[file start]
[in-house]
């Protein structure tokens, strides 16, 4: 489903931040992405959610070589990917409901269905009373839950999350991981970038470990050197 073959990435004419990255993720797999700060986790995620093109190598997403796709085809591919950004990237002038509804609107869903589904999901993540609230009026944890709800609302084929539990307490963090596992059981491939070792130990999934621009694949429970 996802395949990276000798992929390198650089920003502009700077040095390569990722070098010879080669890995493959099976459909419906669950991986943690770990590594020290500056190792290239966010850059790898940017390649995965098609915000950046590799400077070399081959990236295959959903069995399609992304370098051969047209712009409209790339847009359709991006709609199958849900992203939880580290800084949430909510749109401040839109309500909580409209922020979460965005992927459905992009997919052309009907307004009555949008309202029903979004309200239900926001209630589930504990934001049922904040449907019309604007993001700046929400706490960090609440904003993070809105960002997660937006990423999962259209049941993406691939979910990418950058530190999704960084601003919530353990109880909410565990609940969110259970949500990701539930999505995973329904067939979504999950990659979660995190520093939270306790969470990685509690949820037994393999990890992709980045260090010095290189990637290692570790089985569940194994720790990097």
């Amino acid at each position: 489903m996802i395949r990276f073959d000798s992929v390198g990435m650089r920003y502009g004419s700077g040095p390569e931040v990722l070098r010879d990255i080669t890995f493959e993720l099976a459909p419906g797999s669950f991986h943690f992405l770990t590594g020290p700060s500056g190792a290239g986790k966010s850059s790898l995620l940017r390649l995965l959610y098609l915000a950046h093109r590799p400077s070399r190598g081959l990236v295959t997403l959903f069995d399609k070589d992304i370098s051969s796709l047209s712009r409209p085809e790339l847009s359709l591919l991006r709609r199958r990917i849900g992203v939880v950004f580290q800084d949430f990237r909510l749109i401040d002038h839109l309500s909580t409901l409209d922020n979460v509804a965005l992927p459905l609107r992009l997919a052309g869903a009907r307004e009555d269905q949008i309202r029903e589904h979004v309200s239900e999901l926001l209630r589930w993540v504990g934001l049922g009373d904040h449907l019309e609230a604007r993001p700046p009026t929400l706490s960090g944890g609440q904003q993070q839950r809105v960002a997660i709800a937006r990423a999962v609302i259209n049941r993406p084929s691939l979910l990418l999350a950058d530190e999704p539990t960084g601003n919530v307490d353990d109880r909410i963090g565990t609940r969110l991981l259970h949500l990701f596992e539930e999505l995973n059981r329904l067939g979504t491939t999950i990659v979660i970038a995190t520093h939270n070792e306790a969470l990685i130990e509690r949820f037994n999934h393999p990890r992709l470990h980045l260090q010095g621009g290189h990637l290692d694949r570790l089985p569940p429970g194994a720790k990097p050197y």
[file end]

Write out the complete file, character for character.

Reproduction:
[in-house]
């Protein structure tokens, strides 16, 4: 489903931040992405959610070589990917409901269905009373839950999350991981970038470990050197 073959990435004419990255993720797999700060986790995620093109190598997403796709085809591919950004990237002038509804609107869903589904999901993540609230009026944890709800609302084929539990307490963090596992059981491939070792130990999934621009694949429970 996802395949990276000798992929390198650089920003502009700077040095390569990722070098010879080669890995493959099976459909419906669950991986943690770990590594020290500056190792290239966010850059790898940017390649995965098609915000950046590799400077070399081959990236295959959903069995399609992304370098051969047209712009409209790339847009359709991006709609199958849900992203939880580290800084949430909510749109401040839109309500909580409209922020979460965005992927459905992009997919052309009907307004009555949008309202029903979004309200239900926001209630589930504990934001049922904040449907019309604007993001700046929400706490960090609440904003993070809105960002997660937006990423999962259209049941993406691939979910990418950058530190999704960084601003919530353990109880909410565990609940969110259970949500990701539930999505995973329904067939979504999950990659979660995190520093939270306790969470990685509690949820037994393999990890992709980045260090010095290189990637290692570790089985569940194994720790990097």
């Amino acid at each position: 489903m996802i395949r990276f073959d000798s992929v390198g990435m650089r920003y502009g004419s700077g040095p390569e931040v990722l070098r010879d990255i080669t890995f493959e993720l099976a459909p419906g797999s669950f991986h943690f992405l770990t590594g020290p700060s500056g190792a290239g986790k966010s850059s790898l995620l940017r390649l995965l959610y098609l915000a950046h093109r590799p400077s070399r190598g081959l990236v295959t997403l959903f069995d399609k070589d992304i370098s051969s796709l047209s712009r409209p085809e790339l847009s359709l591919l991006r709609r199958r990917i849900g992203v939880v950004f580290q800084d949430f990237r909510l749109i401040d002038h839109l309500s909580t409901l409209d922020n979460v509804a965005l992927p459905l609107r992009l997919a052309g869903a009907r307004e009555d269905q949008i309202r029903e589904h979004v309200s239900e999901l926001l209630r589930w993540v504990g934001l049922g009373d904040h449907l019309e609230a604007r993001p700046p009026t929400l706490s960090g944890g609440q904003q993070q839950r809105v960002a997660i709800a937006r990423a999962v609302i259209n049941r993406p084929s691939l979910l990418l999350a950058d530190e999704p539990t960084g601003n919530v307490d353990d109880r909410i963090g565990t609940r969110l991981l259970h949500l990701f596992e539930e999505l995973n059981r329904l067939g979504t491939t999950i990659v979660i970038a995190t520093h939270n070792e306790a969470l990685i130990e509690r949820f037994n999934h393999p990890r992709l470990h980045l260090q010095g621009g290189h990637l290692d694949r570790l089985p569940p429970g194994a720790k990097p050197y």